Treatment and Complications of Concussion
No matter how severe, the first response to any concussion is immediate cessation of the activity that led to the injury. Whether it was playing rugby, stocking groceries or dancing to heavy-metal music, the first thing you should do when you get a concussion is immediately stop whatever you were doing beforehand, and remove yourself from the danger zone. In other words: Don't get back on the horse.
If there's a question of whether trauma has caused a concussion or a more serious head injury, the victim should seek professional medical attention immediately. If an injury is more severe than a concussion, a CT scan or MRI can help to diagnose the extent of the damage. Severe head injuries are different from concussions, and they can involve hemorrhaging and other complications that require advanced treatment.
With regard to concussions, one complication that arises in a minority of cases is called post-concussion syndrome, which can last weeks to months after an accident, depending on the severity of the injury. There is controversy over whether the effects -- which can include symptoms like prolonged dizziness, fatigue, trouble sleeping, sensitivity to light and sound, anxiety, depression, memory loss and trouble concentrating -- are caused by physical factors, psychological factors, or by some combination of the two. There have also been very few studies evaluating the effectiveness of treating PCS. Currently, the consensus among practitioners is that the vast majority of uncomplicated concussions are resolved with rest alone, and patients typically recover fully. However, after consulting a physician, it may be determined that therapy or medication may help alleviate certain symptoms [source: Lew].
Perhaps you've heard of people saying that you're not supposed to go to sleep after a concussion, or maybe someone has told you that receiving a second concussion shortly after a first one can be devastating. The first statement, in fact, is a myth [source: Mitterando]. Sleep deprivation is not appropriate treatment for a concussion. However, there are severe consequences when someone has a second concussion before a prior concussion has fully run its course, so it's extremely important to fully recover before resuming the activity that caused the injury. In the event that someone has two concussions in a short period of time -- in a worst-case scenario -- the victim can experience what's known as second-impact syndrome [source: Lew].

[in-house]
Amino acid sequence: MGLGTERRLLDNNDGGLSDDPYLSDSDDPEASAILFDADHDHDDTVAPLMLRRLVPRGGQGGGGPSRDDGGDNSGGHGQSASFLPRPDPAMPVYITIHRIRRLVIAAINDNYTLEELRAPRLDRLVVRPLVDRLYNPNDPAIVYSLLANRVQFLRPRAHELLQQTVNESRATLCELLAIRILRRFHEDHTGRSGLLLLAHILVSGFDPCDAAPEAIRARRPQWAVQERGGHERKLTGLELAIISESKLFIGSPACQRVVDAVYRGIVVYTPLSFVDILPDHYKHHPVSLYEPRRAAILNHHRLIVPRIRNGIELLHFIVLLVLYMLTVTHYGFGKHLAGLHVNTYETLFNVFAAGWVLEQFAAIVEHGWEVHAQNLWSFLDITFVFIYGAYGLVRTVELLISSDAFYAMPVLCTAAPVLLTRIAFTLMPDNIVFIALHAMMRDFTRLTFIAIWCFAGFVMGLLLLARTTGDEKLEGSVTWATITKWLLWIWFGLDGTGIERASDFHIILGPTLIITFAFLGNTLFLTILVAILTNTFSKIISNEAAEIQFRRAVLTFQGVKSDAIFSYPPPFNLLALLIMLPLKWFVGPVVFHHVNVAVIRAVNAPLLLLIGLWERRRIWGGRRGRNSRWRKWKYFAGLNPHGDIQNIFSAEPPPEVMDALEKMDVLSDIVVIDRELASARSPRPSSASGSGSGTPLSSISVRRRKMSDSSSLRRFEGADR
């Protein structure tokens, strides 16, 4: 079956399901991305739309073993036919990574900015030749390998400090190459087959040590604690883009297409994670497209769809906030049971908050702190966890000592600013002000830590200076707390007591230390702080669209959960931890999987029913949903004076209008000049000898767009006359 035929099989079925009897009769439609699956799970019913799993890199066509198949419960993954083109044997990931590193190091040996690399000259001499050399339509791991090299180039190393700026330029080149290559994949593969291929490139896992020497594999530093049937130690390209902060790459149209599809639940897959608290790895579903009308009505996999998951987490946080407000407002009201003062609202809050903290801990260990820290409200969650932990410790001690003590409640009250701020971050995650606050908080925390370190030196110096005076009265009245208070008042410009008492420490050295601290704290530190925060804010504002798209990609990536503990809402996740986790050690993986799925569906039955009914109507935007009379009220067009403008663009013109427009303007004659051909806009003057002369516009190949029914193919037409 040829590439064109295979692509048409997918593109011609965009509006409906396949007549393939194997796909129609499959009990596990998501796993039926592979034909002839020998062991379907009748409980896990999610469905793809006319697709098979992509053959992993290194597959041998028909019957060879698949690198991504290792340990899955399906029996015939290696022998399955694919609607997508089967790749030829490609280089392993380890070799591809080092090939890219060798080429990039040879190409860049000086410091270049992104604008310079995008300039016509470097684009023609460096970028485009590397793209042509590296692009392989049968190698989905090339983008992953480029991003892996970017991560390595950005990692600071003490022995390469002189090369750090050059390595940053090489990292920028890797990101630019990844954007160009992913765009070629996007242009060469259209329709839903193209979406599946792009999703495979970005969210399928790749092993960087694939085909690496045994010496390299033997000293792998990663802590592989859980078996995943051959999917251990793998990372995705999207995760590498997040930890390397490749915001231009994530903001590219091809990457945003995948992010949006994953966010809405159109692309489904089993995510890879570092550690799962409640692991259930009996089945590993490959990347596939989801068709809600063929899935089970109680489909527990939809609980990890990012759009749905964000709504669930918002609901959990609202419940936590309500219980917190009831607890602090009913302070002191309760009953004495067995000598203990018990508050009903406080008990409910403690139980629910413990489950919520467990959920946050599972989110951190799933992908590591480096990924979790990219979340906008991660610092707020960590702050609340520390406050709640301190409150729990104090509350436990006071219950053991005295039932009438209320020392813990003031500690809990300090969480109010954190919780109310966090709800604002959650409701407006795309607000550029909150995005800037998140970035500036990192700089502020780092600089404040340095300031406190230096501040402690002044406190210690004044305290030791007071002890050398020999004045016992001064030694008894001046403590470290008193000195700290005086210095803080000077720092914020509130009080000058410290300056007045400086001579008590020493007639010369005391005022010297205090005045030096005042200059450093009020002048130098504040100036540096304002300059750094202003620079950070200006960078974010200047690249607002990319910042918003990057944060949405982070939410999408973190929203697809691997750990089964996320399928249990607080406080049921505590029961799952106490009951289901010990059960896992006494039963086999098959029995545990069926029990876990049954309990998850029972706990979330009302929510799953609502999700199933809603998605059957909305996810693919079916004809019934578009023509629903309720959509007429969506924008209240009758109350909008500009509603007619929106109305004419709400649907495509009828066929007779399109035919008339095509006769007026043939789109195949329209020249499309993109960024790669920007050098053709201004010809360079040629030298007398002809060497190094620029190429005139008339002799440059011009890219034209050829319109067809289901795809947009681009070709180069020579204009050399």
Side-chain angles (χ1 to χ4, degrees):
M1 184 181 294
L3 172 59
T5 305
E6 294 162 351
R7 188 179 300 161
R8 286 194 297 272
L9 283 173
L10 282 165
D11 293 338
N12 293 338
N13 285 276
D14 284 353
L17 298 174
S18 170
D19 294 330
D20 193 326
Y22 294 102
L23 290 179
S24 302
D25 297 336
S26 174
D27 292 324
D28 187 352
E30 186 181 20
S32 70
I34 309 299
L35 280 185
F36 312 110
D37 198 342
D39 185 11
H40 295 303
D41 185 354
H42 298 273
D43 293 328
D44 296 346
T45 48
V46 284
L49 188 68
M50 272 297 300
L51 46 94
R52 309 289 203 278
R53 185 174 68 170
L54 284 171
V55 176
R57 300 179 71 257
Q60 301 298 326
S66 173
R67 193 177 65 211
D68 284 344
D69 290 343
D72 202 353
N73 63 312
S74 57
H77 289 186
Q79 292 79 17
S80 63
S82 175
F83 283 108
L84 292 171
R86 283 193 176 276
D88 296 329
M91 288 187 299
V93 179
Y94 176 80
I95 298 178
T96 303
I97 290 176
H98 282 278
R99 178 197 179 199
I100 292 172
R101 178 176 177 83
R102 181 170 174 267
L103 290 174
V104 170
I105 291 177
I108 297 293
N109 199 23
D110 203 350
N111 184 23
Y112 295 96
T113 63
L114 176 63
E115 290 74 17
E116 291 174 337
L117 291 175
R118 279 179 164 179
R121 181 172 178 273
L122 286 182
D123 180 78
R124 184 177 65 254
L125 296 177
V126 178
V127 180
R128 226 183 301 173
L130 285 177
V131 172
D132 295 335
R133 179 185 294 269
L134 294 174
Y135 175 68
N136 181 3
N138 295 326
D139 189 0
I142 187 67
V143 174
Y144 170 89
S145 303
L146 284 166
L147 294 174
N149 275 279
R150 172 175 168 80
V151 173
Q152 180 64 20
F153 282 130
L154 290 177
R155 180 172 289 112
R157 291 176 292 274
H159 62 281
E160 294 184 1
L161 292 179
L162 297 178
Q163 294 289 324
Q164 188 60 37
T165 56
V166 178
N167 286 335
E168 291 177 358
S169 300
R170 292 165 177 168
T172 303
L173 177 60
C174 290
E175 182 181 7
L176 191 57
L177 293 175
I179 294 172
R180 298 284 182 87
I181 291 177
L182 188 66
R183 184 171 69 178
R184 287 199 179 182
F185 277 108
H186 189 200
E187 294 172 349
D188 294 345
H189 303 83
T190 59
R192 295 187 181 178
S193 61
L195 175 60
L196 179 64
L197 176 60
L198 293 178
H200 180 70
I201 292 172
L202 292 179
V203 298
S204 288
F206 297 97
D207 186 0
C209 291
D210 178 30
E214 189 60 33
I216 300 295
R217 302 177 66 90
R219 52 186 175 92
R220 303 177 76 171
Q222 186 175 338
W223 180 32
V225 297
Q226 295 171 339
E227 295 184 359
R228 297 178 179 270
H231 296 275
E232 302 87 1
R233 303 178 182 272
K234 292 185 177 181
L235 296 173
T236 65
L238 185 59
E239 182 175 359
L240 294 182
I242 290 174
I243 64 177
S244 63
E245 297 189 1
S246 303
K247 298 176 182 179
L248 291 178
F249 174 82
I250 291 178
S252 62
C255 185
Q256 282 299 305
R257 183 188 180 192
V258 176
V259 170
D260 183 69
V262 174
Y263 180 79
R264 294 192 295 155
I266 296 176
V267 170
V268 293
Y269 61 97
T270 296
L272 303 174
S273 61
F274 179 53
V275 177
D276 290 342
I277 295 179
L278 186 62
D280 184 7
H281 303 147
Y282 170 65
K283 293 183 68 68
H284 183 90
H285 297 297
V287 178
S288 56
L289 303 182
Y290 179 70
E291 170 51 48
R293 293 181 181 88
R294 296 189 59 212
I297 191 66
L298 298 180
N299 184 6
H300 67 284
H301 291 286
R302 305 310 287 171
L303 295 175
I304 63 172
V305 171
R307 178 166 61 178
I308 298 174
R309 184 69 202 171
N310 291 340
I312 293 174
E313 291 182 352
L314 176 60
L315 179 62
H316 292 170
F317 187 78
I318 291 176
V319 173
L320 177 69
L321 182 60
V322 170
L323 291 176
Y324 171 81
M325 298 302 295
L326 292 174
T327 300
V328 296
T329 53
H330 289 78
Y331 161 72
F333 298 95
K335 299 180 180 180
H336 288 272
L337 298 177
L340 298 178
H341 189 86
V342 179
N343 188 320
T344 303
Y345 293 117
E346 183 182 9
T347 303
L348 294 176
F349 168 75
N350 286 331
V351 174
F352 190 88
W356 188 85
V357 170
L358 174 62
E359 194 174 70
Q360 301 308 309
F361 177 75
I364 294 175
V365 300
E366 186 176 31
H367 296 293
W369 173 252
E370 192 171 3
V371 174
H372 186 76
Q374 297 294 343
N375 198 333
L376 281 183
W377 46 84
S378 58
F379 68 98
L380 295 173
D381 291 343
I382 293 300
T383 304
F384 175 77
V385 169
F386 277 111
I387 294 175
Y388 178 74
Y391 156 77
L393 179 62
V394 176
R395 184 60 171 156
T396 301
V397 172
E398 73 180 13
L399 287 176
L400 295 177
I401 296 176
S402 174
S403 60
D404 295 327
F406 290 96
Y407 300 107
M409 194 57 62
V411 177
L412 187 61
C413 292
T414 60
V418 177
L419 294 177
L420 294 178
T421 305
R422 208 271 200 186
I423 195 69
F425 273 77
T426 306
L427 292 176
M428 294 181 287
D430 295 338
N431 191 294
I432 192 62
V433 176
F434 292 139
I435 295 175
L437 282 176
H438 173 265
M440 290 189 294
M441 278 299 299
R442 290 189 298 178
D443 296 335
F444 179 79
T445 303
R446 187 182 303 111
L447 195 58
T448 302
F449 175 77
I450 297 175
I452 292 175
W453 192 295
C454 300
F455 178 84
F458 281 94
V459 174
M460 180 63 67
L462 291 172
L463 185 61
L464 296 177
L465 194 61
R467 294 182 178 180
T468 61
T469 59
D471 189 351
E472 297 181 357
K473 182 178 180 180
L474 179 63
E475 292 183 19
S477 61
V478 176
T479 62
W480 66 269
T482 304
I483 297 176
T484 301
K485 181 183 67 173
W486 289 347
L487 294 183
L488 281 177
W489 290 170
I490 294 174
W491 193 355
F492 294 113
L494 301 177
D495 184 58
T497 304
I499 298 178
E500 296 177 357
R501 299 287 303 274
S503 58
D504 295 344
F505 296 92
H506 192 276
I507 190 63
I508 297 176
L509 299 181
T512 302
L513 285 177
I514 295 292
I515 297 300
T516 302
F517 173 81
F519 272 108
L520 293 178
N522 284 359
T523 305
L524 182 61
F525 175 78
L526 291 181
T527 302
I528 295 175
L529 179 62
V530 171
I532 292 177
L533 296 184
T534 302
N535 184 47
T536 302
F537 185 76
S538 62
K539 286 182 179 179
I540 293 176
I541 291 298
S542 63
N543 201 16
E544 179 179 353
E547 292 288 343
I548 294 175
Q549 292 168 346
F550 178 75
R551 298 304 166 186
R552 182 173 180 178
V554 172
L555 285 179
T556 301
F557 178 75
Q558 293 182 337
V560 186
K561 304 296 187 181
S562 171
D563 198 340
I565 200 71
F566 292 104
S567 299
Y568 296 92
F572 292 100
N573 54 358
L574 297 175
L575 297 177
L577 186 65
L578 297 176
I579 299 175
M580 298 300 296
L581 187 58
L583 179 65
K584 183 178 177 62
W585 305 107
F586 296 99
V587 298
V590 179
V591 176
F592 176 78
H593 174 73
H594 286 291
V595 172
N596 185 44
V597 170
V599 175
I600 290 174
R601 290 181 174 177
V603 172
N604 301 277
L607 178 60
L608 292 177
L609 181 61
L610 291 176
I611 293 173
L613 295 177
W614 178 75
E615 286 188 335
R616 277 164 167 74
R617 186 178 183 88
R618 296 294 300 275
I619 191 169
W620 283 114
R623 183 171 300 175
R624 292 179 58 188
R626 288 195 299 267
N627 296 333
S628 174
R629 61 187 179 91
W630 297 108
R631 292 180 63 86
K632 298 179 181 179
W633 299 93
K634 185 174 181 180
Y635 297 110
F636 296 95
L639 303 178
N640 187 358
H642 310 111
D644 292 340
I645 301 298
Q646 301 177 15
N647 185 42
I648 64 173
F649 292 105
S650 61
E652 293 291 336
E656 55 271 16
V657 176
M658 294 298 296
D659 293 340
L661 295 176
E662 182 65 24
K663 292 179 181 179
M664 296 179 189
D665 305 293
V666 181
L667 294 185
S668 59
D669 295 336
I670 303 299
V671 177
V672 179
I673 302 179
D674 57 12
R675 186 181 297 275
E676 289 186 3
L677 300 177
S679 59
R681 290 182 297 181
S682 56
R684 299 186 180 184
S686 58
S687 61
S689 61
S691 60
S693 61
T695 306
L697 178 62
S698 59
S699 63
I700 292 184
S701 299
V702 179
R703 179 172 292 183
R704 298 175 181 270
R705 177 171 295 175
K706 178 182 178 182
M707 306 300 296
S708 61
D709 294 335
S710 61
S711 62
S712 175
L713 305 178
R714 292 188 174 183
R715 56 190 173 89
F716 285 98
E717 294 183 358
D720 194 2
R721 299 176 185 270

Second-impact syndrome is rare but deadly. It occurs when a victim has already had a first concussion, and then, before that one has resolved itself, a second concussion triggers a chain reaction inside the head. It starts with disordered cerebral vascular autoregulation, which means that the brain loses its ability to keep the right amount of blood pressure flowing through the arteries in your organs [source: Anaethetist]. That leads to congestion in the arteries in your brain, creating pressure inside of your skull, and ultimately results in brain stem herniation and death [source: Lew]. Obviously, this situation should be avoided. That's why it's absolutely imperative to remove a concussion victim from whatever activity led to the injury until the symptoms have fully run their course.
Determining when that point has been reached may require clinical examination and can be a source of controversy among medical practitioners. However, there are several publicly available guidelines for making such judgments in the field. With time and rest, most concussions resolve themselves on their own.